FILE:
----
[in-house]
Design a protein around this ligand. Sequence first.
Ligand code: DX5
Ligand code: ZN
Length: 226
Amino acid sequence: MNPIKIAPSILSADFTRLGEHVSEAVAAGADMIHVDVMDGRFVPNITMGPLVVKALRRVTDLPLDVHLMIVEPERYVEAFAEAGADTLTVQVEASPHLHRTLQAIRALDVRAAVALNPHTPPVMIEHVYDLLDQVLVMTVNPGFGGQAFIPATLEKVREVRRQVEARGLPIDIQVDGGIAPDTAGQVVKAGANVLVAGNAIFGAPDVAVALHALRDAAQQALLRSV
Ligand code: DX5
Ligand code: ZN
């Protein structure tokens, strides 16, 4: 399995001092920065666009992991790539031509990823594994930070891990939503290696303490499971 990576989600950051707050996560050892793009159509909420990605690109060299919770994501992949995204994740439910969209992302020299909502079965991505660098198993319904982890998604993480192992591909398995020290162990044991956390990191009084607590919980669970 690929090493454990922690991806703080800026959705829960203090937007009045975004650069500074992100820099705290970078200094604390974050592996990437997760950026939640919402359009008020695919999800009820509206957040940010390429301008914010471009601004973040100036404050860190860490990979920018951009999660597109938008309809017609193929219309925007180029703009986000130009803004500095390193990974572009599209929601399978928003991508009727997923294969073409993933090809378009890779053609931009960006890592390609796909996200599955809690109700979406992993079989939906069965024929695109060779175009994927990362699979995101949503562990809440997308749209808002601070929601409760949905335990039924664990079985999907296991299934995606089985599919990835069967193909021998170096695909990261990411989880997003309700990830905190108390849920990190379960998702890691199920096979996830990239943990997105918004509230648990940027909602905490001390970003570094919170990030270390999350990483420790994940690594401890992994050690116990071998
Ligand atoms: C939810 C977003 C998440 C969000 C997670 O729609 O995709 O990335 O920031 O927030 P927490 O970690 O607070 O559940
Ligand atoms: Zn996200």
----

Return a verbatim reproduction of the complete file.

[in-house]
Design a protein around this ligand. Sequence first.
Ligand code: DX5
Ligand code: ZN
Length: 226
Amino acid sequence: MNPIKIAPSILSADFTRLGEHVSEAVAAGADMIHVDVMDGRFVPNITMGPLVVKALRRVTDLPLDVHLMIVEPERYVEAFAEAGADTLTVQVEASPHLHRTLQAIRALDVRAAVALNPHTPPVMIEHVYDLLDQVLVMTVNPGFGGQAFIPATLEKVREVRRQVEARGLPIDIQVDGGIAPDTAGQVVKAGANVLVAGNAIFGAPDVAVALHALRDAAQQALLRSV
Ligand code: DX5
Ligand code: ZN
């Protein structure tokens, strides 16, 4: 399995001092920065666009992991790539031509990823594994930070891990939503290696303490499971 990576989600950051707050996560050892793009159509909420990605690109060299919770994501992949995204994740439910969209992302020299909502079965991505660098198993319904982890998604993480192992591909398995020290162990044991956390990191009084607590919980669970 690929090493454990922690991806703080800026959705829960203090937007009045975004650069500074992100820099705290970078200094604390974050592996990437997760950026939640919402359009008020695919999800009820509206957040940010390429301008914010471009601004973040100036404050860190860490990979920018951009999660597109938008309809017609193929219309925007180029703009986000130009803004500095390193990974572009599209929601399978928003991508009727997923294969073409993933090809378009890779053609931009960006890592390609796909996200599955809690109700979406992993079989939906069965024929695109060779175009994927990362699979995101949503562990809440997308749209808002601070929601409760949905335990039924664990079985999907296991299934995606089985599919990835069967193909021998170096695909990261990411989880997003309700990830905190108390849920990190379960998702890691199920096979996830990239943990997105918004509230648990940027909602905490001390970003570094919170990030270390999350990483420790994940690594401890992994050690116990071998
Ligand atoms: C939810 C977003 C998440 C969000 C997670 O729609 O995709 O990335 O920031 O927030 P927490 O970690 O607070 O559940
Ligand atoms: Zn996200």